New York–based Lisa Young, PhD, RDN, CDN, author of Finally Full, Finally Slim, says many of her clients think that if they move toward more plant-based eating, they will be lacking protein. “Clearly, that’s not the case,” she says. “I discuss healthful veggie and plant-based proteins including legumes, nuts, seeds, and tempeh.”
Myth: Daily protein needs for healthy adults are only 46 g for women and 56 g for men, and most Americans get too much protein.
Fact: According to the 2015–2020 Dietary Guidelines for Americans, while it’s true that many (60%) Americans exceed their recommendations for protein intake, based on servings, a significant percentage (40%) falls short.9 And, as dietitians know, the recommended protein intake isn’t the same number for everyone.
Unlike micronutrients, protein needs aren’t determined by age and gender—body weight matters. The Recommended Dietary Allowance (RDA) of 0.8 g/kg of body weight per day makes the 46 g appropriate for a 126-lb woman and the 56 g appropriate for a 154-lb man. Plus, research is increasingly finding that the term “adequate” isn’t the same as “optimal”—the RDA is defined as the level of protein required to offset deficiency in 98% of people but may do little to help maintain or build muscle mass.10
Considering that adults lose about 3% to 8% of muscle mass per decade after age 30, a rate that increases after age 60,11 countering that loss through appropriate physical activity and optimal protein intake is important to preserve muscle mass and prevent age-related declines in health and physical functioning, especially since older adults need more protein to stimulate muscle synthesis.12,13
Many researchers say that 1 to 1.2 g/kg per body weight per day is a more optimal intake, with room to go higher.3,10 In meal terms, for many adults this means aiming for at least 25 to 30 g protein per meal. This maximizes your body’s muscle repair and building machinery.5
In research studies, an uneven distribution of protein (too low at some meals, higher than necessary at others) is associated with frailty, slower walking speed, and fatigue.3,14
Myth: If more protein is good, then much more is better.
Fact: While getting enough protein is important for growth and maintenance of muscle and other tissues, what may not be ideal for health and the environment, according to a substantial body of research, is consuming excess animal protein.15,16 There’s evidence that a higher-protein diet can aid in weight loss and prevention of weight gain, especially when combined with physical activity, by increasing satiety and postmeal thermogenesis, but “high” protein isn’t as high as many consumers may think.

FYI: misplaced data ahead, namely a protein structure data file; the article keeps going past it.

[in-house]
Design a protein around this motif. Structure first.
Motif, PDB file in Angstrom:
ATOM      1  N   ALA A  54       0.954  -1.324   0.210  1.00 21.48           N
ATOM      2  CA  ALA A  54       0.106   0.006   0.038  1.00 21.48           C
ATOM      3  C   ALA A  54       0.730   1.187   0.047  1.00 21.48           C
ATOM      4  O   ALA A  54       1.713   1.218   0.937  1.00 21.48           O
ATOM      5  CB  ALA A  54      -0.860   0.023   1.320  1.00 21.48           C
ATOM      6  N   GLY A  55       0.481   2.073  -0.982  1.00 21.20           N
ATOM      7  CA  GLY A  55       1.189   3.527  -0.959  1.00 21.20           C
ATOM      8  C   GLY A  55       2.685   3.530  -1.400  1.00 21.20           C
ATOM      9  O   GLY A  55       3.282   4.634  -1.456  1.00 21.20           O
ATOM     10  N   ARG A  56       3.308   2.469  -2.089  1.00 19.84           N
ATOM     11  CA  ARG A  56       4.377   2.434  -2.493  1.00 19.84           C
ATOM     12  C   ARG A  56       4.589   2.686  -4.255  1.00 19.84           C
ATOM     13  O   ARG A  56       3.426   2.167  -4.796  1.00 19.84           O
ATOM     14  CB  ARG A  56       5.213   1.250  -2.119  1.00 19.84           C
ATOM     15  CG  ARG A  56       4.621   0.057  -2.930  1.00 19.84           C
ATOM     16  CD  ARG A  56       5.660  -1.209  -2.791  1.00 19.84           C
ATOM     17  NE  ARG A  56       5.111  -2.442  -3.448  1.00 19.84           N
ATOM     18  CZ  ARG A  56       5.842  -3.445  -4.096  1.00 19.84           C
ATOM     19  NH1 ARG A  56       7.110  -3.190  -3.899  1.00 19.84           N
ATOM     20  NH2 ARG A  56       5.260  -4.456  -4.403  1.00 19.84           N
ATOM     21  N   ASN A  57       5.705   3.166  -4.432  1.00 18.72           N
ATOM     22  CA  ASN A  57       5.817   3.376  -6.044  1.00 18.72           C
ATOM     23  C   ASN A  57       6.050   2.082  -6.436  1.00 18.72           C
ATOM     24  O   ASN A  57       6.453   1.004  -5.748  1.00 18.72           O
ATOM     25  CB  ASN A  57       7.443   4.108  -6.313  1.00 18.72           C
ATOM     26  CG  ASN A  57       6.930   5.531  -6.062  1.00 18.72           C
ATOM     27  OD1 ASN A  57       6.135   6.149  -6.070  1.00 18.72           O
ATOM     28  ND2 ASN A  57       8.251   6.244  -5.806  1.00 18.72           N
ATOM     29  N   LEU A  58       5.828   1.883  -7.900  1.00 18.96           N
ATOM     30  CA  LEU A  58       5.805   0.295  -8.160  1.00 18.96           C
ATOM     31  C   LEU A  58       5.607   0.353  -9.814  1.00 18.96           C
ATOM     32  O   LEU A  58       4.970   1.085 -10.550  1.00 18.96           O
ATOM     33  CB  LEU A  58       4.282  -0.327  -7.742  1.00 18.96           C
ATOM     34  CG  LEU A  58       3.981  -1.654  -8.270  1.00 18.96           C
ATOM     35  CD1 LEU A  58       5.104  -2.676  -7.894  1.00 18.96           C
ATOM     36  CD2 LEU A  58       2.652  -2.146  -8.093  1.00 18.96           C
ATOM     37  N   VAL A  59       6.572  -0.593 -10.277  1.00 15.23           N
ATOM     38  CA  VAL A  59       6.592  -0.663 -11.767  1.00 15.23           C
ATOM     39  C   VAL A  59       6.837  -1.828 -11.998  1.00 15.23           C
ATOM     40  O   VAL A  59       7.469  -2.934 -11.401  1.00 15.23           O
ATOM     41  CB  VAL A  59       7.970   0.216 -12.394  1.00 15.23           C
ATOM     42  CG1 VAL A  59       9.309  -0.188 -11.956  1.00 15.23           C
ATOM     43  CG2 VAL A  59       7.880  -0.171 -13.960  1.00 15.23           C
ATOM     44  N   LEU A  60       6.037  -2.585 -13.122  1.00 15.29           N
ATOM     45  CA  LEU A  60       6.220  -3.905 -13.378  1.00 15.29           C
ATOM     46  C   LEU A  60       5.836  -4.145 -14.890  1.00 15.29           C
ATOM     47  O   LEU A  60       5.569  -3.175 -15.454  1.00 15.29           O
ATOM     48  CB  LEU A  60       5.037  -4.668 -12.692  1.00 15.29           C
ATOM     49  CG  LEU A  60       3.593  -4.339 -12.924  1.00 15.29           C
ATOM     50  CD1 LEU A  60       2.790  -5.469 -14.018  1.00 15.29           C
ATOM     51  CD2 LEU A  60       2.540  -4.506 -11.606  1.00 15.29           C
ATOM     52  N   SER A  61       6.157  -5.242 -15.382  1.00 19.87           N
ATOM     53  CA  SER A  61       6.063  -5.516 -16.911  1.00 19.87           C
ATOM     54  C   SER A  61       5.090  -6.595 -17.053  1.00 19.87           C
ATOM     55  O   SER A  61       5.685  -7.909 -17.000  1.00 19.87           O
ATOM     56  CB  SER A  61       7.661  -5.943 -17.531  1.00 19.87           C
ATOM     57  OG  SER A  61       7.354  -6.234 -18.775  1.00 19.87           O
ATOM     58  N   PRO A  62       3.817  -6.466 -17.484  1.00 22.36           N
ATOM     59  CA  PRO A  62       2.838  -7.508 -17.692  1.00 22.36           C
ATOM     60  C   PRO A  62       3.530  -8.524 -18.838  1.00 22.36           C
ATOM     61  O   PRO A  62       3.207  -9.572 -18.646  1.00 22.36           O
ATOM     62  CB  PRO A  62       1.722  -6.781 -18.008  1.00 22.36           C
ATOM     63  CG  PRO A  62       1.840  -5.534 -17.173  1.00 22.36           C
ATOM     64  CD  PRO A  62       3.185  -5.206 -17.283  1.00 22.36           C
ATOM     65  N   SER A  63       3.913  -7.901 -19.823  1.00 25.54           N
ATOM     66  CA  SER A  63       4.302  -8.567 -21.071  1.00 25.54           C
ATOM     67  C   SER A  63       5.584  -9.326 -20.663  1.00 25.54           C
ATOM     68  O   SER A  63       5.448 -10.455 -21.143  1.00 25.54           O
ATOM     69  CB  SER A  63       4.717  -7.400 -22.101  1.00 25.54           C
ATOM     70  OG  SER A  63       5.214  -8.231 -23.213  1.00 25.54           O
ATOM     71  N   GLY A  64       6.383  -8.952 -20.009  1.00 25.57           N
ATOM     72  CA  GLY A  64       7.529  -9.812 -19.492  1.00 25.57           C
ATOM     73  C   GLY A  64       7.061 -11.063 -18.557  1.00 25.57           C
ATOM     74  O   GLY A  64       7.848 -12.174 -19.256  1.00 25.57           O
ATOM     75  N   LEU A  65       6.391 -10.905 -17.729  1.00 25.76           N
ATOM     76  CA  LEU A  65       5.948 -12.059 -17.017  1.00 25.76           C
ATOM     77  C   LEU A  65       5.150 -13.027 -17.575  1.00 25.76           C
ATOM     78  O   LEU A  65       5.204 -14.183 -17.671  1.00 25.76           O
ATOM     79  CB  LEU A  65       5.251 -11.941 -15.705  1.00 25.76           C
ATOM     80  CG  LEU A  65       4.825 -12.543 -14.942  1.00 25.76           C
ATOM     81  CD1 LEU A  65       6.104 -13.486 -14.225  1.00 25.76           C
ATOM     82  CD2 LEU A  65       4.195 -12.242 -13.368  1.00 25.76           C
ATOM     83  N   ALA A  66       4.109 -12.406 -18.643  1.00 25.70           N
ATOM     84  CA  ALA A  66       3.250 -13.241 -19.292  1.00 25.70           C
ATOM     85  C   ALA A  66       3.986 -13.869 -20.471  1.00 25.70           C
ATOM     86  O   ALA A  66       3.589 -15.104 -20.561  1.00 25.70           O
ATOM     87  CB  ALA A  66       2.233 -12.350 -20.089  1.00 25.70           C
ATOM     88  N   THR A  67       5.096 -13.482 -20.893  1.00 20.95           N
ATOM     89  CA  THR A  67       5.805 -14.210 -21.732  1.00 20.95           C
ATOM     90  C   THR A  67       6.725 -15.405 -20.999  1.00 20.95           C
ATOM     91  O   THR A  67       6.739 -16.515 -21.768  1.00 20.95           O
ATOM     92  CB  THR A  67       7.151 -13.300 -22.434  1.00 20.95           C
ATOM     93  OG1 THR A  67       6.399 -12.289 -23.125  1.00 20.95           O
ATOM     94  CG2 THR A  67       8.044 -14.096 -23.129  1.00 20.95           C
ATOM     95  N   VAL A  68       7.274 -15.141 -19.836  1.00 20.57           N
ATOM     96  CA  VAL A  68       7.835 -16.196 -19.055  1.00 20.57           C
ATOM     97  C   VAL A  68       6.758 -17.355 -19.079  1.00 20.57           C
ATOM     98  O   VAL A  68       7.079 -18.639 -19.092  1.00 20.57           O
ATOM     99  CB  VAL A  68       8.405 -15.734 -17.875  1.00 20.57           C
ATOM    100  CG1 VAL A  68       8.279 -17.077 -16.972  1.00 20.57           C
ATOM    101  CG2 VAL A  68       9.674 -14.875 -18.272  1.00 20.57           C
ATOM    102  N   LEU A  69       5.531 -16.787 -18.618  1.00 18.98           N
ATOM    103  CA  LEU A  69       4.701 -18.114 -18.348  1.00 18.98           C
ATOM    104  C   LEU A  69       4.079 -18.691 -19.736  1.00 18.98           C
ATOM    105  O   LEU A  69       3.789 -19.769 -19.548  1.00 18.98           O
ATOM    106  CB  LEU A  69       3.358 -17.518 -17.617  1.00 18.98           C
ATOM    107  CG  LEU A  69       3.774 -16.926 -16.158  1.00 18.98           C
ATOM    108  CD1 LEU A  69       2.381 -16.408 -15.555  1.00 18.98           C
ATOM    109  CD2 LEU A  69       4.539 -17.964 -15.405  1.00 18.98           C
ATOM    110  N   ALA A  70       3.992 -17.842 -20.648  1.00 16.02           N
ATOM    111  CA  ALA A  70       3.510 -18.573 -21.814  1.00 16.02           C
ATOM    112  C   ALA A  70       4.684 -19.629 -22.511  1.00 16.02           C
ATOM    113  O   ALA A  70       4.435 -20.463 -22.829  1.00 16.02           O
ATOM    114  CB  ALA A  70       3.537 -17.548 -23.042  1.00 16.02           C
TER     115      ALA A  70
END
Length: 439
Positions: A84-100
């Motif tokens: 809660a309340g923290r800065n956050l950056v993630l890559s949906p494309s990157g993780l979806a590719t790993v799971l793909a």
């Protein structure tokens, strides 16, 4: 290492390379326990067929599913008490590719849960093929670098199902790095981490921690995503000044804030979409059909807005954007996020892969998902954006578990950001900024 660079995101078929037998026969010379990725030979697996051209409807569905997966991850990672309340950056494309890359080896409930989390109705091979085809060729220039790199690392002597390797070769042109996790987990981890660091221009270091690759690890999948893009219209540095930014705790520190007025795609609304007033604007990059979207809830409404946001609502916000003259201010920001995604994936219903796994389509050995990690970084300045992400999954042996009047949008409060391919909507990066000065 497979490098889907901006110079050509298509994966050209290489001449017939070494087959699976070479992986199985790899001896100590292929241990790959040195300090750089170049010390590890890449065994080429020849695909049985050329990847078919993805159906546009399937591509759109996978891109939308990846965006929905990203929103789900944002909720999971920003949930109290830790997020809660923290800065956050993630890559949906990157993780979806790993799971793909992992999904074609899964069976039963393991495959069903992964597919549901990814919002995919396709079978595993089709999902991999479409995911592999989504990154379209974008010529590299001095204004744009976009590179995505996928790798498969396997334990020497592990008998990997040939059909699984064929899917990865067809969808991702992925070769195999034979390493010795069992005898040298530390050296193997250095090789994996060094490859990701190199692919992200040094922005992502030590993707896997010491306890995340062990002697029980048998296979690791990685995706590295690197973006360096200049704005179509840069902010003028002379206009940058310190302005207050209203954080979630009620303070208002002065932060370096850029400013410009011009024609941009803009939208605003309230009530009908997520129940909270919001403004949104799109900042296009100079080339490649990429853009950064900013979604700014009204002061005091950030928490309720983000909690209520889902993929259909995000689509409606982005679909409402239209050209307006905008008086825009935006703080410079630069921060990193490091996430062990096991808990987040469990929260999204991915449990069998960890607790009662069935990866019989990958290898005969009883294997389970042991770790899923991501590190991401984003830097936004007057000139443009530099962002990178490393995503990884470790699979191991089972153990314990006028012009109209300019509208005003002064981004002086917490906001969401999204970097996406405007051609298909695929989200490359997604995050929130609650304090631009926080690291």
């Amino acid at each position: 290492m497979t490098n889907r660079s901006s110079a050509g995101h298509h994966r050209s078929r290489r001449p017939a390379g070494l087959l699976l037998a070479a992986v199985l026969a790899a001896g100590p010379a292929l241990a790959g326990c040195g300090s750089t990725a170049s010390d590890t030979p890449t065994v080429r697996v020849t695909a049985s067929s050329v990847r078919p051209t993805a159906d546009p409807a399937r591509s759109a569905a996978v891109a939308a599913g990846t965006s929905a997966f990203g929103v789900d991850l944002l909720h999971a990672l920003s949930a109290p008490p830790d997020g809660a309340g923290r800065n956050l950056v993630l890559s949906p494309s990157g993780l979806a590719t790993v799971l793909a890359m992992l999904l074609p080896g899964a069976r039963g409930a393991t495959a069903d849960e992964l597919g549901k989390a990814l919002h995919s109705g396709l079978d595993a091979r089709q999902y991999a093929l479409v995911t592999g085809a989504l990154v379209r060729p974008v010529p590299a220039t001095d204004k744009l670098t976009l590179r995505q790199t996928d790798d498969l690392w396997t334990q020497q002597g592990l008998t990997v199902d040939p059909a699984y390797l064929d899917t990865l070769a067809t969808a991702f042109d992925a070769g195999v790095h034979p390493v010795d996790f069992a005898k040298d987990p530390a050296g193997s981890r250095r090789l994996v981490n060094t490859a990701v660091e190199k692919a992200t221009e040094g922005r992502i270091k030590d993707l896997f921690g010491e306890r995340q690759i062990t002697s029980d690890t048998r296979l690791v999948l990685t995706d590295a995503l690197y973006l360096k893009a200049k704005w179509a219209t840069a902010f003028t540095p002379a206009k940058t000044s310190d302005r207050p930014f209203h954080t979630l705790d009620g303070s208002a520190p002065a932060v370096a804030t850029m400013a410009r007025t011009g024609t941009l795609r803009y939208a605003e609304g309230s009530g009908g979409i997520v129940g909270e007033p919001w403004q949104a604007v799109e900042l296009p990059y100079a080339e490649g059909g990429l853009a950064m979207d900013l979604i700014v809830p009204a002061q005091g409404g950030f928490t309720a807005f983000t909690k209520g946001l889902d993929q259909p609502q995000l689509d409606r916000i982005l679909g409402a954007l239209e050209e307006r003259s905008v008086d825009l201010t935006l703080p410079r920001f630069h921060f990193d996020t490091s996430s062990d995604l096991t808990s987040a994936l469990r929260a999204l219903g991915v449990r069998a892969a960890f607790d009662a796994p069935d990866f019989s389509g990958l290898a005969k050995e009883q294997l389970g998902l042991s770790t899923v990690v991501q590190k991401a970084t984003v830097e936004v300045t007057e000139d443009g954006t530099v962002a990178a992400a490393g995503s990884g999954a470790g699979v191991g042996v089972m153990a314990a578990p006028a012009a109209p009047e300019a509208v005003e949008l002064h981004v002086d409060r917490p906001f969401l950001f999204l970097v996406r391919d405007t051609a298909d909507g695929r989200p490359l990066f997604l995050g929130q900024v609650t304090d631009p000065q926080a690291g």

Several studies use a diet that provides 25% of calories from protein, compared with a “standard” research diet of 12% protein.5 This is still far below the 40% protein recommended by many commercial diet programs and diet books, but much higher than the RDA.
Cincinnati-based Karolin Saweres, RDN, LD, founder of www.mynutritionandme.com, says one aspect of the “more is better” myth is that taking protein supplements is more beneficial for muscle growth—and the more expensive the better.
Speaking of protein supplements, Columbus, Ohio–based Ashley Koff, RD, CEO of thebetternutritionprogram.com, often hears the myth that collagen is a good protein choice. “In reality, if you swap out your protein for collagen, it could negatively impact serotonin by not getting enough tryptophan,” she says. “So if you want to add collagen, it would need to be in addition to meeting your daily protein needs from quality plants, and, if you choose, animal products.”
North Carolina–based Judith Scharman Draughon, MS, RDN, LD, author of Lean Body, Smart Life, frequently hears this related myth: Protein gives you energy.
“I help clients understand that protein is for maintaining and building muscles as well as replacing other needed protein in the body,” she says. “That gives me an opportunity to address another major protein misunderstanding: the need for healthful carbohydrates with protein to allow the protein to be used for protein and not be broken down for energy instead, since creating energy is the body’s first priority.”
Myth: Soy isn’t a safe protein.
Fact: The origins of this myth come from one of the phytochemical types in soy, isoflavones, which also are phytoestrogens—plant compounds that weakly mimic the effect of the hormone estrogen. While this once raised concerns that eating soy might increase breast cancer risk, the American Cancer Society says the evidence suggests that moderate intake of soyfoods is safe and possibly beneficial.17 When eaten regularly, isoflavones have been linked to lower risk of breast and prostate cancer, as well as heart disease, type 2 diabetes, and osteoporosis.18
“Soy unsafe for those with cancer? Soy not good for men? Children should avoid soy? No to all!” Hultin says. “Tofu, tempeh, miso, and edamame are fantastic protein sources that offer a variety of vitamins, minerals, and antioxidants that meat doesn’t. Soy is a critical protein for any vegetarian or vegan. Swap it into your diet as an omnivore, too, for a healthful alternative protein source.”
Myth: You can’t be vegan and lose weight because beans are too high in carbs.
Fact: While it’s true that beans and lentils are higher in carbohydrates than animal-based protein foods, observational studies—which can’t establish cause and effect—show that vegetarians and vegans tend to have a lower BMI than nonvegetarians and nonvegans.19